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AI Leaders

The case for invisible AI

by Chuck Martin
Article ImageThe most effective artificial intelligence is totally unnoticeable by the end user.

In advance of the four-day AI Business Week Digital Symposium I’ll be participating in starting on Feb. 22, I’ve been having conversations with the speakers. Recurring themes I’m hearing are that AI is emerging as a powerful tool, but hardly a substitute for human control, and that AI will become more useful once it is integrated and packaged within service offerings.

Enough time has passed, and plenty of pilot projects have run their course, so today businesses better understand both what customer experience needs to be, and what it takes to get there.

Turns out that good AI hides in plain sight.

“It’s complicated,” says Ricky Ray Butler, CEO of Branded Entertainment Network, a Bill Gates-owned company that leverages structured and unstructured data to creatively place products within the most appropriate content, including TV, movies, and streaming video.

Anyone who watches TV likely has experienced the company’s work with AI without realizing it.

Meanwhile, Sebastian Reeve, director of international go-to-market and intelligent engagement at Nuance, sees ambient AI voice assistants coming to locations such as bank branches and medical offices.

In healthcare, AI is becoming an essential tool, notes Matthew Brady, head of healthcare content at Omnia Health. Brady sees AI becoming embedded within platforms such as Salesforce, eliminating the need to create or acquire certain AI functionality.

While AI can be used to quickly read and analyze medical scans, the radiologist or physician still makes the call.

British startup Babylon Health is using AI to answer questions that help in early diagnosis, to get the “right patient at the right time to the right medical care provider,” says Umang Patel, director for NHS Services.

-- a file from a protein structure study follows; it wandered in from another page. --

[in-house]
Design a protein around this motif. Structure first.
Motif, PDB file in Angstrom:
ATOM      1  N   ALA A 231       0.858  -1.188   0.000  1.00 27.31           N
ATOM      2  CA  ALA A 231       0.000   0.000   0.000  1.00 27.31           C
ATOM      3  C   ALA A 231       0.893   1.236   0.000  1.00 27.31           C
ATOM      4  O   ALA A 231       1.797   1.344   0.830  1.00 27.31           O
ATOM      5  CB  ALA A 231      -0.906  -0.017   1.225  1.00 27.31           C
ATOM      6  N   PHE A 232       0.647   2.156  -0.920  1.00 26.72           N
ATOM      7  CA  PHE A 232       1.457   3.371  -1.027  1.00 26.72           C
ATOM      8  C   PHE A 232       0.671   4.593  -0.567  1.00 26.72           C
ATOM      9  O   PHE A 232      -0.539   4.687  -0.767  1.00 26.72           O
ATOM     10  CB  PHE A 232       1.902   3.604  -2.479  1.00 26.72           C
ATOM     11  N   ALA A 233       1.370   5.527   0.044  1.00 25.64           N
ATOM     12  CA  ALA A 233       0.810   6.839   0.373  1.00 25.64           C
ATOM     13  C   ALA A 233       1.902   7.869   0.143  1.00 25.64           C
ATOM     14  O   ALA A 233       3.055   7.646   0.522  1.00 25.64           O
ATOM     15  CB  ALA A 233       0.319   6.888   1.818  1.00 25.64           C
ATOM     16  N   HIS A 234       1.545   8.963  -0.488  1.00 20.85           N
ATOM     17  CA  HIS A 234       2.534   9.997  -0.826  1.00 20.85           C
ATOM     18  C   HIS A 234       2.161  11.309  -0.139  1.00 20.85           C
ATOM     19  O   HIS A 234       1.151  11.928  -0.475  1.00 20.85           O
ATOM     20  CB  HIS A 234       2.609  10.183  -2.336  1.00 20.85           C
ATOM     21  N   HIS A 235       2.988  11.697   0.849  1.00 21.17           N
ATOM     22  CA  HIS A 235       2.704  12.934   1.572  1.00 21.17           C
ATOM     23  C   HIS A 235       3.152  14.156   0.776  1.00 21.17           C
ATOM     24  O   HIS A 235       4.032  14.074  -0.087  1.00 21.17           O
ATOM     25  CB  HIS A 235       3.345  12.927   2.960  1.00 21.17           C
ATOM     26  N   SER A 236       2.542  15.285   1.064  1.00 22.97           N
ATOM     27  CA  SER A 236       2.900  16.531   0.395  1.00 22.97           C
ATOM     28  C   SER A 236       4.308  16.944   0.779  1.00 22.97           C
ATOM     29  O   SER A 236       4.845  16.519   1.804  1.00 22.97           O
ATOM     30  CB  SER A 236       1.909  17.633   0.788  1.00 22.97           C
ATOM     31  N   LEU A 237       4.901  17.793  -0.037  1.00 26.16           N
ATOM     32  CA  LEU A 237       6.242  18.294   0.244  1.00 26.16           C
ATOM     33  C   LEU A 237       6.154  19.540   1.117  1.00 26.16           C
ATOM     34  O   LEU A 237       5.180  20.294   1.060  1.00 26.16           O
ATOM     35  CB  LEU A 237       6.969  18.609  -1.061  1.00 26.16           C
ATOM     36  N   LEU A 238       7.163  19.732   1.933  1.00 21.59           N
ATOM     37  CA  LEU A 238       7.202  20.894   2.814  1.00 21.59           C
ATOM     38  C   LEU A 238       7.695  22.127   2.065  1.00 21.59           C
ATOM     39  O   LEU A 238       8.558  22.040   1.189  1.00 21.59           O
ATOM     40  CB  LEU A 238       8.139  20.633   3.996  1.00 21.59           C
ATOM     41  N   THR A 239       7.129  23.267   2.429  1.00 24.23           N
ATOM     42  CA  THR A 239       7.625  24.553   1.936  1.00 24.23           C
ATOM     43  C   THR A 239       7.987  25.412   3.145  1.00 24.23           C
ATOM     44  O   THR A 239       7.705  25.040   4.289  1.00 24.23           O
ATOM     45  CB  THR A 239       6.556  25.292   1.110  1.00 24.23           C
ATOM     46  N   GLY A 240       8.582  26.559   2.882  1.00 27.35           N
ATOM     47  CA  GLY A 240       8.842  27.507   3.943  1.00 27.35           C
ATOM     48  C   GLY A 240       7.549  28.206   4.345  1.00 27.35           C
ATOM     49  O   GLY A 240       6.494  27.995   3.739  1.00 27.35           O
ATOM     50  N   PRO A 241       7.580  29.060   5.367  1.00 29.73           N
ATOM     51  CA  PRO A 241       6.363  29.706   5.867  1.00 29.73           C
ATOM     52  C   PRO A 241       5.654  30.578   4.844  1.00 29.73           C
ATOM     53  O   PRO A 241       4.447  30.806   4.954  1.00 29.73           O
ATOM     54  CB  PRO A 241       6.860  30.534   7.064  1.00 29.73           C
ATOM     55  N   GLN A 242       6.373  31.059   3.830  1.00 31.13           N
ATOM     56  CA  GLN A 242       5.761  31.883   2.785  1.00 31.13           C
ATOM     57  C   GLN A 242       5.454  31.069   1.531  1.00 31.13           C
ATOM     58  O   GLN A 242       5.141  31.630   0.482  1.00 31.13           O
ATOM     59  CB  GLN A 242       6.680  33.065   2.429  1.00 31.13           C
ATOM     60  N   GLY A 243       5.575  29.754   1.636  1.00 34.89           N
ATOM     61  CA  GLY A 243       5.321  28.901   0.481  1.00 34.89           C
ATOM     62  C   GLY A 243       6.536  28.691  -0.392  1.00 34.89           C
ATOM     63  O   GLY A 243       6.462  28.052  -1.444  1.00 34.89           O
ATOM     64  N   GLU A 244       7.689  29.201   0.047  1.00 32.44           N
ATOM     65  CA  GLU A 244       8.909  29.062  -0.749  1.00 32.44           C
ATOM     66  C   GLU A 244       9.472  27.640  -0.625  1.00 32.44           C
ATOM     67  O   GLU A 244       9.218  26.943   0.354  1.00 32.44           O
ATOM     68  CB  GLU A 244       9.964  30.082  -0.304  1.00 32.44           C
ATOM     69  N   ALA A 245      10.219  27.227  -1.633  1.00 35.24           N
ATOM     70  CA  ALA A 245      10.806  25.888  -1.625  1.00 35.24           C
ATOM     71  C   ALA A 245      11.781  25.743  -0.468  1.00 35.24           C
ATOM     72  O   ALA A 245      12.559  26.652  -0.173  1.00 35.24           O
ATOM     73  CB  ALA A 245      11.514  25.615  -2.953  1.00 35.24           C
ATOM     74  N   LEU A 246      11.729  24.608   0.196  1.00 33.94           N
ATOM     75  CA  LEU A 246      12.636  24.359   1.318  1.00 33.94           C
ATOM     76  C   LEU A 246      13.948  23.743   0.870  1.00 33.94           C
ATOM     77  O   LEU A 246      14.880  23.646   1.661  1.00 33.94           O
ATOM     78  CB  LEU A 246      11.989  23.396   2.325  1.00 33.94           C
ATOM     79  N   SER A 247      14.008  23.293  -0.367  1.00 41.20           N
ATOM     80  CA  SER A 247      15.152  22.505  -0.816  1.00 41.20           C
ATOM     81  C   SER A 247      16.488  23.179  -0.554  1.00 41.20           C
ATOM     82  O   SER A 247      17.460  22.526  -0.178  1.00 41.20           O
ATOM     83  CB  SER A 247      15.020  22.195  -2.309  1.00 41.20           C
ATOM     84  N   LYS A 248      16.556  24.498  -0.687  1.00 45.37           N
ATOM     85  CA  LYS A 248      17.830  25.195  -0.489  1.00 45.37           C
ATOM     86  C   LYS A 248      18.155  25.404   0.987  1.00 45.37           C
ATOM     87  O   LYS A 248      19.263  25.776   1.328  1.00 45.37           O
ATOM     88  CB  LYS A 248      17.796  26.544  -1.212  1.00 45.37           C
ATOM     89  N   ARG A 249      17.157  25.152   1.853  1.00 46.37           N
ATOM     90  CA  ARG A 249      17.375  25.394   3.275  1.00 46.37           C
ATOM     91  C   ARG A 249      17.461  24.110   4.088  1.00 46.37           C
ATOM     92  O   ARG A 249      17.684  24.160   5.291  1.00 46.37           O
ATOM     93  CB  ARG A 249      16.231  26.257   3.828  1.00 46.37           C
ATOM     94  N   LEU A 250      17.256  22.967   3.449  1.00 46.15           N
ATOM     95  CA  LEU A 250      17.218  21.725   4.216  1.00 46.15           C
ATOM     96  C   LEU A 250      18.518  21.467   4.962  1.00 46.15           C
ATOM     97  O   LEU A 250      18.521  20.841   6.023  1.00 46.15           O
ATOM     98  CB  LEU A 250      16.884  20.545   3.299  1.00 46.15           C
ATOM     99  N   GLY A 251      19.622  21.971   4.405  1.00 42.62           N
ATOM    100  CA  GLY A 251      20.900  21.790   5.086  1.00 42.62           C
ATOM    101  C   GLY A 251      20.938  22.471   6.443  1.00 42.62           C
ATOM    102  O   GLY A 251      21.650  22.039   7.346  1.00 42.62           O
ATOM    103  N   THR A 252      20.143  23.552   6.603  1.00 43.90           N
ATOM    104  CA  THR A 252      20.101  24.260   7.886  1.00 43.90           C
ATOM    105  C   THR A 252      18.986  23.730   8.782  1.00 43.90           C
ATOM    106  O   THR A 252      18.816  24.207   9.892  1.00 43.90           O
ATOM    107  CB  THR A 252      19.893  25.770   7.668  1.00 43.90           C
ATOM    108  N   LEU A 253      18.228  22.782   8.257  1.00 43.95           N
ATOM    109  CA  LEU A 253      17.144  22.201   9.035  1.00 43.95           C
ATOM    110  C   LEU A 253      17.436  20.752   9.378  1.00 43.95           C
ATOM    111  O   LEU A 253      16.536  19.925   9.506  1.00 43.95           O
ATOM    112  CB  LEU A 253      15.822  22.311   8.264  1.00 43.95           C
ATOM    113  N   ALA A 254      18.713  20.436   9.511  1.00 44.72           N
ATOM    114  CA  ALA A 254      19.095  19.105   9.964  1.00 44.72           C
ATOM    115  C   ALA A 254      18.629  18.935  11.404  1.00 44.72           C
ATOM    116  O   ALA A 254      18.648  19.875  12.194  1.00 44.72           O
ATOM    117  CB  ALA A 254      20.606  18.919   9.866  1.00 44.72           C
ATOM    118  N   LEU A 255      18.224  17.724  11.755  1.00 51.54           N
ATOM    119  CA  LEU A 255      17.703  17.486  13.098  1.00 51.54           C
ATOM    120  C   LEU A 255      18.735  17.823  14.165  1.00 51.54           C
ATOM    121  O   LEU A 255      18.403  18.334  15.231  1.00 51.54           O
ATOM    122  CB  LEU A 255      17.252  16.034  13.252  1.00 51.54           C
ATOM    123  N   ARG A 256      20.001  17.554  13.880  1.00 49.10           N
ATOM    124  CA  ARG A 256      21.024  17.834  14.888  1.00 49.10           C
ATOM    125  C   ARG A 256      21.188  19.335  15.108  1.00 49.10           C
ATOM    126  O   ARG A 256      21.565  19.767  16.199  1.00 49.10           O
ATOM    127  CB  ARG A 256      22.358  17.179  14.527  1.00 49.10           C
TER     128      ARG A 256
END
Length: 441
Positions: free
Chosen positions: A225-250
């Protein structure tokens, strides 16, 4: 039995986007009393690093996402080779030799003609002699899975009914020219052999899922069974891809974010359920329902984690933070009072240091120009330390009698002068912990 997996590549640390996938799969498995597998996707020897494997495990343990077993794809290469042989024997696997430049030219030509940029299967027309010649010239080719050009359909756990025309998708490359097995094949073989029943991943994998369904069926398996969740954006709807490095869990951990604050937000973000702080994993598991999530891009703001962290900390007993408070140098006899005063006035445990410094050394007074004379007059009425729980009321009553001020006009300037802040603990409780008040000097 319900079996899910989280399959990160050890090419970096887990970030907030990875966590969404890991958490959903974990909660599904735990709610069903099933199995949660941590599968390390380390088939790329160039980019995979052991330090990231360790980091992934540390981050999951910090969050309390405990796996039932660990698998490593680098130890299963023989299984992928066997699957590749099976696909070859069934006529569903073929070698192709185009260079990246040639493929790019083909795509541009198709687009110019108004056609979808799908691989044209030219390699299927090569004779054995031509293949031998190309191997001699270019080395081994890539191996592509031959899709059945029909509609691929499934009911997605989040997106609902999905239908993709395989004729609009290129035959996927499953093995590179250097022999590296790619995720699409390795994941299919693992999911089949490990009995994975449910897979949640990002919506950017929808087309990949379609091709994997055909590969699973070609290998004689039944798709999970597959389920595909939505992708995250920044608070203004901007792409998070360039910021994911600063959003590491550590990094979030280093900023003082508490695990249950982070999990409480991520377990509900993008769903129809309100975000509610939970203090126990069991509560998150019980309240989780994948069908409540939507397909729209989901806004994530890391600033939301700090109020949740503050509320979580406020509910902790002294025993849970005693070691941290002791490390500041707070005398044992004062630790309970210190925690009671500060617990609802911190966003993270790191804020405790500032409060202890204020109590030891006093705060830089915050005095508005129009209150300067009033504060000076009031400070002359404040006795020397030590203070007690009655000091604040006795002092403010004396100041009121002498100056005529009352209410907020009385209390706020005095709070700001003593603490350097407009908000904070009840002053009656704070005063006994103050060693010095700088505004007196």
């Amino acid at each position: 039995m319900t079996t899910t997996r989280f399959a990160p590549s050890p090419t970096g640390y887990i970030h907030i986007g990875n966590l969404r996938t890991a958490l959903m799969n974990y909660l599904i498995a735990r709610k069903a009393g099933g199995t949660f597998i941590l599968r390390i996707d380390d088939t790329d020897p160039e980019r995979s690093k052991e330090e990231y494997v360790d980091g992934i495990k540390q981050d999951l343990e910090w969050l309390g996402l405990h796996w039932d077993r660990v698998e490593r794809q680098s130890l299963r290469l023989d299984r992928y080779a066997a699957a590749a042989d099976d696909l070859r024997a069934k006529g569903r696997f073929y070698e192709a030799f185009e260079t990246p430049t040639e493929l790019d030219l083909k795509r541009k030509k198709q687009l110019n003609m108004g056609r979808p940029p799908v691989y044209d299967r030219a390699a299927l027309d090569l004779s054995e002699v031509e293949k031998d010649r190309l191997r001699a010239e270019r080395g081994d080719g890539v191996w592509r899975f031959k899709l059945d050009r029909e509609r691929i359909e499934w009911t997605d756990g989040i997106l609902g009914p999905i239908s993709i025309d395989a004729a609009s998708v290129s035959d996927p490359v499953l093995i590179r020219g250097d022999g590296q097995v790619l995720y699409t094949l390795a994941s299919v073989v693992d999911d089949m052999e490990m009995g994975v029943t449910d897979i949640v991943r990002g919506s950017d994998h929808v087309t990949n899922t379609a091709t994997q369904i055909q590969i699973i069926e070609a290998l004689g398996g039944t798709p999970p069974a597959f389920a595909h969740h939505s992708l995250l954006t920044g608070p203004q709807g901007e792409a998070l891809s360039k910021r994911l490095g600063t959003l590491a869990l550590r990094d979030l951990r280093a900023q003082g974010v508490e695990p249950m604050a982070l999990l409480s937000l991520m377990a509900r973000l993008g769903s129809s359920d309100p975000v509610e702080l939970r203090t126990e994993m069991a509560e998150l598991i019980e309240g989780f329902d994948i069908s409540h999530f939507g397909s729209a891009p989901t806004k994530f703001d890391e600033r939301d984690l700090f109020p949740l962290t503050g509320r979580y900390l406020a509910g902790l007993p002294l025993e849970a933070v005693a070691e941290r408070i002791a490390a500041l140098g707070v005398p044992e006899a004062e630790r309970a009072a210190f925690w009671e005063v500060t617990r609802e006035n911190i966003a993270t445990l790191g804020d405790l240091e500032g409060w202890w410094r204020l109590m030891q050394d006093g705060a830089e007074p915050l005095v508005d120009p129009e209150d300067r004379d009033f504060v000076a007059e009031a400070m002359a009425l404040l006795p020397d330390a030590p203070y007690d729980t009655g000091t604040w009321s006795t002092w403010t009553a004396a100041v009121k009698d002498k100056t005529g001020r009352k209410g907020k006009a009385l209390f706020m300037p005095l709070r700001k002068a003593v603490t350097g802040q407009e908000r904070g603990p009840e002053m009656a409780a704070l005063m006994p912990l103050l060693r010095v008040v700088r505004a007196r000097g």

And while the “paperless office” is yet to be fully realized, at least AI is lending a hand at converting what’s on paper. In the highly regulated world of financial services, Salahuddin Khawaja, managing director for automation and global risk at Bank of America, describes how the organization is using NLP to analyze paper documents and automatically extract and segment the appropriate information.

Of course, invisible AI can be good or bad; for example, Keith Kirkpatrick, principal analyst at Omdia, calls out “bad virtual assistants,” that just don’t get it right. Too many consumers have experienced running in circles trying to navigate through poorly designed chatbots, often presented by major brands.

In manufacturing, AI-based systems might remain invisible, while enabling transformation and improving the bottom line in production facilities, the front office, and among the workforce, says Tony Uphoff, CEO of Thomas Publishing.

Meanwhile in the energy sector, AI-based systems are studying the electrical grid. At Uniper, which operates in 40 countries, AI gives recommendations to a plant manager, but the human operator is still responsible, Tobias Mathur, the company’s head of AI operations, says.

There generally is more value in selling something you can’t see, such as consulting, services, or software. Conversely, physical objects can nearly always be made cheaper by someone else, thereby driving down revenue, since such products can be more easily commoditized.

Being invisible – seamless to the user experience – is key. The only catch is that the easier it looks, the harder it is to create. We are still early in the journey to the future of invisible AI, where the massive payoffs reside.

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